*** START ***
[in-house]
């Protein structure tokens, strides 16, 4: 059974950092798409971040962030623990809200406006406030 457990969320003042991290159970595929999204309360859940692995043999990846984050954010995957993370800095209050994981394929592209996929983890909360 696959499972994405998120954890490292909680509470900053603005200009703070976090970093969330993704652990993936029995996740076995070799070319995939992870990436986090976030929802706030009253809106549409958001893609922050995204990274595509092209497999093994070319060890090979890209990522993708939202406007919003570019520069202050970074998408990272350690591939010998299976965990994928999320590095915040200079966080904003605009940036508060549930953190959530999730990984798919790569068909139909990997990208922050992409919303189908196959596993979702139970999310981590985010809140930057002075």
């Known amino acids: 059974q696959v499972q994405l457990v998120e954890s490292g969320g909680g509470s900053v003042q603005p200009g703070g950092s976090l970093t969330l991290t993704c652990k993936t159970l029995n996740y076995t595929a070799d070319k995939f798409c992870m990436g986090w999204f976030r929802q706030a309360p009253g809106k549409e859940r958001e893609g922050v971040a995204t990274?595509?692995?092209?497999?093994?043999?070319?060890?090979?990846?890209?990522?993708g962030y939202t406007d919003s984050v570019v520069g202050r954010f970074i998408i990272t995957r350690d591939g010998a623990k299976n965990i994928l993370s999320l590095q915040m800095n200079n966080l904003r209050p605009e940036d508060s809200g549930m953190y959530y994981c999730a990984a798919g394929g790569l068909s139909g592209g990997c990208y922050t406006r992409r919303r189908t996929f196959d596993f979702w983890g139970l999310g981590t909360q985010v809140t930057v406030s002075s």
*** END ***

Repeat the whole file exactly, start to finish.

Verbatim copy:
[in-house]
């Protein structure tokens, strides 16, 4: 059974950092798409971040962030623990809200406006406030 457990969320003042991290159970595929999204309360859940692995043999990846984050954010995957993370800095209050994981394929592209996929983890909360 696959499972994405998120954890490292909680509470900053603005200009703070976090970093969330993704652990993936029995996740076995070799070319995939992870990436986090976030929802706030009253809106549409958001893609922050995204990274595509092209497999093994070319060890090979890209990522993708939202406007919003570019520069202050970074998408990272350690591939010998299976965990994928999320590095915040200079966080904003605009940036508060549930953190959530999730990984798919790569068909139909990997990208922050992409919303189908196959596993979702139970999310981590985010809140930057002075």
């Known amino acids: 059974q696959v499972q994405l457990v998120e954890s490292g969320g909680g509470s900053v003042q603005p200009g703070g950092s976090l970093t969330l991290t993704c652990k993936t159970l029995n996740y076995t595929a070799d070319k995939f798409c992870m990436g986090w999204f976030r929802q706030a309360p009253g809106k549409e859940r958001e893609g922050v971040a995204t990274?595509?692995?092209?497999?093994?043999?070319?060890?090979?990846?890209?990522?993708g962030y939202t406007d919003s984050v570019v520069g202050r954010f970074i998408i990272t995957r350690d591939g010998a623990k299976n965990i994928l993370s999320l590095q915040m800095n200079n966080l904003r209050p605009e940036d508060s809200g549930m953190y959530y994981c999730a990984a798919g394929g790569l068909s139909g592209g990997c990208y922050t406006r992409r919303r189908t996929f196959d596993f979702w983890g139970l999310g981590t909360q985010v809140t930057v406030s002075s």